Silver Line Rail Project faces protests from villagers
KRDC says, 'Change in alignment possible with state government concurrence'
The Silver Line Rail, the 63,941 crore-dream project of the Pinarayi Vijayan-led government is facing stiff opposition from the people in several places along the way. Hundreds of people from the Kunnanthanam, Madapally, Vakathanam, and Eraviperoor panchayaths are up in arms against the proposed Silver Line project—a high-speed rail project from Thiruvananthapuram to Kasaragod—as the people allege that the current alignment will cut through their houses, educational institutions, religious institutions, and cultural centers.
The Kerala Rail Development Corporation (KRDC), the implementing agency of the project, had sent the proposal of the alignment to the Union Railway Ministry after getting the state government approval, a few days back. KRDC maintains that a change in the alignment is possible on the basis of state government recommendations.
The railway line which begins from Kochuveli in Thiruvananthapuram is expected to cover a total distance of 529.45 kilometers was approved in the last cabinet meeting. The project which costs a total of 63,941 crore rupees is expected to cut short the train journey from Kochuveli to Kasargod to just four hours.
Currently, it is a 12-hour journey by train. The project is a joint venture of the state and the central governments. The project is funded by the Railway Ministry and the State government and 40 percent will be in the form of loans. As per the project the train can traverse 200 kilometers in one hour.
However, the residents of the respective Panchayaths have their grievances. The rail line will pass through the Mulakuzha near Chengannur and traverses through Puthenkavu, Arattupuzha, Koipra, Eraviperoor, Kaviyoor, Vakathanam and reaches Kottayam. It is the residents of Kunnamthanam, Madapally, Vakathanam, and Eraviperoor panchayats who are agitating demanding a change in the alignment.
“In the coming days, we will also be joined by the Panachikadu and Nattakam panchayaths. The alignment of the rail project should be changed since it engulfs at least 1,000 houses in the Madapally panchayath,” Madapally Block panchayath member, Saina Thomas told The Kochi Post.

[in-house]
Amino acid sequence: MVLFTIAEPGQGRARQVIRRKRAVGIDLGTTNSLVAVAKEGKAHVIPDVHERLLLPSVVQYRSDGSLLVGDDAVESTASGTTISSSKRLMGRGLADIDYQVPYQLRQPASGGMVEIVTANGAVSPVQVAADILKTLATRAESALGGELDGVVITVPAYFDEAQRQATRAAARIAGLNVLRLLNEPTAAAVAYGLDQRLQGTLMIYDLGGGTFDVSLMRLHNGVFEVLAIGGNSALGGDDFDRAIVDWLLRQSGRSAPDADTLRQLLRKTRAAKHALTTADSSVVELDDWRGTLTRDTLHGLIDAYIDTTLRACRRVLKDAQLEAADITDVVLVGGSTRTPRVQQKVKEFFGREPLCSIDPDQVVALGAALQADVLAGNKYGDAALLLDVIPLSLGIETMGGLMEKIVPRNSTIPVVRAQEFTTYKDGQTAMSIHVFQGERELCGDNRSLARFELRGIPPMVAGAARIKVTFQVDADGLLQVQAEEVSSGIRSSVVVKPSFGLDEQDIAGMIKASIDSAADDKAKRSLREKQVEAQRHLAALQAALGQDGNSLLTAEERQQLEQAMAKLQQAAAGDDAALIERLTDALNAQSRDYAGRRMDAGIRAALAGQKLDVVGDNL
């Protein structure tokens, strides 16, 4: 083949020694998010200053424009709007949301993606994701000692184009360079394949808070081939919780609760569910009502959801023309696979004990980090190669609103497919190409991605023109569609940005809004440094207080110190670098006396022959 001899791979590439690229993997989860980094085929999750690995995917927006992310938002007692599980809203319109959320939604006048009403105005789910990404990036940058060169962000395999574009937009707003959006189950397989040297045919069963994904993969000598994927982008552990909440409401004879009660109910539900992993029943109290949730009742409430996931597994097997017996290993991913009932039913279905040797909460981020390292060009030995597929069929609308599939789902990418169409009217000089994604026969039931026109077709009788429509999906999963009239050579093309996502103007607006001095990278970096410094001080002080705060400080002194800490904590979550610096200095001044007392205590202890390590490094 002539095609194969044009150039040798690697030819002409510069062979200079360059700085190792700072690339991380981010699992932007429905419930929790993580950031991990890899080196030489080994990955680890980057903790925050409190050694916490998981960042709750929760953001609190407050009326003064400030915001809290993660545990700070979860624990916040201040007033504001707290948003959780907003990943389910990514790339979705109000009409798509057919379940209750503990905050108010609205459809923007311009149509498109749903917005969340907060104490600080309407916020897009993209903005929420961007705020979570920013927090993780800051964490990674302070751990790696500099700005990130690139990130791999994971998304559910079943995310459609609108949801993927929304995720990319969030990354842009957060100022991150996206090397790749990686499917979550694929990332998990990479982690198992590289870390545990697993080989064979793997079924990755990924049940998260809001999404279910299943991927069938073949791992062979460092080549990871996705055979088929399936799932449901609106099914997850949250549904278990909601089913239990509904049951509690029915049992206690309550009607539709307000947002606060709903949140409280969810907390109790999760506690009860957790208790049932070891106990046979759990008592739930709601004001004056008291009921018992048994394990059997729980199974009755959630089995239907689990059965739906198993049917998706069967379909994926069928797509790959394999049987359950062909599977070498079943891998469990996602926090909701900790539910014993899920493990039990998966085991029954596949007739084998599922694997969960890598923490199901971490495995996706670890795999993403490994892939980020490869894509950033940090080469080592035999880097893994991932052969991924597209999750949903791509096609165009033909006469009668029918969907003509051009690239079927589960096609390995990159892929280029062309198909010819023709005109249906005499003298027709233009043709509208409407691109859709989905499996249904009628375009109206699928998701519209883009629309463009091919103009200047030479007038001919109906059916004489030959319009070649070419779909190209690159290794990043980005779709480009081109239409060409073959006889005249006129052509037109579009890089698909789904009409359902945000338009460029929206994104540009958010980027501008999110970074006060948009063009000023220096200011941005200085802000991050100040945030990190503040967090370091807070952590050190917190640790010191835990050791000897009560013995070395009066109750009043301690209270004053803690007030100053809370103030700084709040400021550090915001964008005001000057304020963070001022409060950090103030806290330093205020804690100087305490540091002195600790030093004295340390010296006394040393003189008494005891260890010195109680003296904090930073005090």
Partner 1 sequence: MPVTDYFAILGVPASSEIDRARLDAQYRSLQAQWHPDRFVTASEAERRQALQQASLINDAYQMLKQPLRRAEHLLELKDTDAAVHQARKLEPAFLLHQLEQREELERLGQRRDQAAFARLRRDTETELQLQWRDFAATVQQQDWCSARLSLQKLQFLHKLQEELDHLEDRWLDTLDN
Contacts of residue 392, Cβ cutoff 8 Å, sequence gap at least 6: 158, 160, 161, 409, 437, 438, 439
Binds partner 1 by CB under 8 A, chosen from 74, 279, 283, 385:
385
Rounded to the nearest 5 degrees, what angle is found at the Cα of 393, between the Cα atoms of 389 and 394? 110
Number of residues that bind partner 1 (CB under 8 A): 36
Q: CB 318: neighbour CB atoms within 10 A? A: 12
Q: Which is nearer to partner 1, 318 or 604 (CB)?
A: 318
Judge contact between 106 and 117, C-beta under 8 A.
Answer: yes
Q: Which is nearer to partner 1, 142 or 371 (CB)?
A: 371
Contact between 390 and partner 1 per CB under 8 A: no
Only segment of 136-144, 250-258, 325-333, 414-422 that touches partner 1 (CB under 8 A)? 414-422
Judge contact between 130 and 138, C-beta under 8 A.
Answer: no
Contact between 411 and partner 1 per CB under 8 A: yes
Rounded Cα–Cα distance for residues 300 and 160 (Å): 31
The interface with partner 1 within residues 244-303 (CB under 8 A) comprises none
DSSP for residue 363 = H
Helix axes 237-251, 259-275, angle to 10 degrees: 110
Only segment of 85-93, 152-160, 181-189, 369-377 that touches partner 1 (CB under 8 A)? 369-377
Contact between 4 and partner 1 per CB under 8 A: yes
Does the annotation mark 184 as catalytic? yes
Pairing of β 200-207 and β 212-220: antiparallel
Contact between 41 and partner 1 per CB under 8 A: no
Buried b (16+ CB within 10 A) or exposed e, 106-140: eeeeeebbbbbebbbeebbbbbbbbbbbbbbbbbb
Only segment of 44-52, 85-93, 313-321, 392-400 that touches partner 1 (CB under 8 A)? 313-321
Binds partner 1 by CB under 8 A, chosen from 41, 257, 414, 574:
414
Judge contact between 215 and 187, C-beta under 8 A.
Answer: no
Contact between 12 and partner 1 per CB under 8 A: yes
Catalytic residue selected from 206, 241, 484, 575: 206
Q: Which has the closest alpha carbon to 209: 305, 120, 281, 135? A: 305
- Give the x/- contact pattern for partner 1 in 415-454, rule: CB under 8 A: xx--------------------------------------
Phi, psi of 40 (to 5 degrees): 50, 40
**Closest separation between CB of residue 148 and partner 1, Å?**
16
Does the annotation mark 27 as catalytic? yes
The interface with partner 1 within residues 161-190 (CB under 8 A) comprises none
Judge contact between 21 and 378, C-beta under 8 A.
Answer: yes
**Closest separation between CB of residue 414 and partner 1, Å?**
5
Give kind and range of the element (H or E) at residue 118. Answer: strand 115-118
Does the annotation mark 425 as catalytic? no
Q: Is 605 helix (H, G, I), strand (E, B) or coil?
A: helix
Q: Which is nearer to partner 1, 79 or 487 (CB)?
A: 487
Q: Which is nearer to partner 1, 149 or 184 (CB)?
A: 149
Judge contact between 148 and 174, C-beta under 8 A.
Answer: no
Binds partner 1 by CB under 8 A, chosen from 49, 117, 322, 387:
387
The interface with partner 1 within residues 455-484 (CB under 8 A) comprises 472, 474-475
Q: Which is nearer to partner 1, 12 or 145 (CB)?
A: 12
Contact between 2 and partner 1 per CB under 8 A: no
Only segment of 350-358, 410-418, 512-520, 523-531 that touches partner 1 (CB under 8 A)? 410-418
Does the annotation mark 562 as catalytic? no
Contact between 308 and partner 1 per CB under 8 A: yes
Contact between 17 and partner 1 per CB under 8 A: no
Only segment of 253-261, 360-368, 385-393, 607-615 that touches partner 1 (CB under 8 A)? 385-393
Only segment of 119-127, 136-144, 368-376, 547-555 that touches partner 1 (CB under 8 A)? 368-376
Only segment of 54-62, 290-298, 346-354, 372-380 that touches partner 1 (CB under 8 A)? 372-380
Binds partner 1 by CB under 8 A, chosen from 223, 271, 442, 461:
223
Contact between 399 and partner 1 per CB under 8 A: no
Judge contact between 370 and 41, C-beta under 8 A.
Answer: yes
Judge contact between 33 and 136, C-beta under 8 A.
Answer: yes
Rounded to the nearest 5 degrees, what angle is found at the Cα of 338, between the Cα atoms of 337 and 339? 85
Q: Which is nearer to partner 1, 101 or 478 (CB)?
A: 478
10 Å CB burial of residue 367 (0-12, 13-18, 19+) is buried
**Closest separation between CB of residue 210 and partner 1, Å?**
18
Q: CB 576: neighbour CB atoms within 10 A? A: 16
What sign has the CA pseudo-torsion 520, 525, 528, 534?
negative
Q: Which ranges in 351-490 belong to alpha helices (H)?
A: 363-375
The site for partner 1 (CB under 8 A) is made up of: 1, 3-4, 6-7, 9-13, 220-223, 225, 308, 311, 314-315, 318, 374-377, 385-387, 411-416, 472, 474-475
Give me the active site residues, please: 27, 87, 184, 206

Thomas maintained that if the project is realized the main cultural centers of the panchayath including the Venkottah Samskarika Nilayam, Edapally Anganwadi, Mundukuzhy Malankara Catholic Church, Gurukulam school and a number of prominent institutions in the panchayath will have to be demolished. “The people cannot allow this as it will diminish the cultural value of the place, she said. The people of the region came to know about the rail project during the lockdown period and there was no official intimation from the part of the government,” Thomas added.
Moreover, mammoth constructions have to be made in between the paddy fields of the region causing heavy inundation in the rains. “We will intensify the agitation in the coming days. We demand the change in the alignment so as to save our important institutions and houses,” said P C Pramod Kumar of Cultural Heritage Protection Committee, Kunnamthanam. The Cultural Heritage Protection Committee is spearheading the agitation here.
Pathanamthitta MP, Anto Antony, who visited the place also demanded a change in the alignment echoing the views of the public.
Ajith Kumar V, Managing Director, Kerala Rail Development Corporation (KRDC), which is the implementing agency of the project told The Kochi Post that the state government has approved the project and the soft copy has been sent to the Railway ministry a few days back.
“If the alignment is harming someone or institutions the state government can recommend the realignment. The state government approval is required since the land acquisition is the matter of the state government”, he told The Kochi Post.
“9,000 houses are to be demolished in total from Thiruvananthapuram to Kasargod for the completion of the project. We have selected the alignment route avoiding the thickly populated areas. However, Kerala is a thickly populated area wherever you go there are a lot of houses.” he said.
“The compensation will be given reasonably as per the land acquisition act about three times the price of the land. Suppose if the land acquired is in a village the usual land price will be an average of 50 percent of the high-value transaction. The amount we pay will be four times that of the average price of the land. If the land is in the town it will only be twice the average value of the land. The cost of the building will also be calculated likewise”, he added.
Kumar also pointed out that they have arrived at the alignment after conducting an aerial survey and land survey, ensuring that maximum institutions were avoided. The project will limit the time to four hours from Thiruvananthapuram to Kasaragod. The tendering of the various contracts will be as per the policy of the Railway Ministry as well as the directives of the Chief Vigilance Commissioner.
A traffic survey conducted by a Jaipur-based company and the data processing was held by a Paris-based company and their finding is that at least 12 percent of the people traveling in cars will shift to the Rail if the project is duly implemented.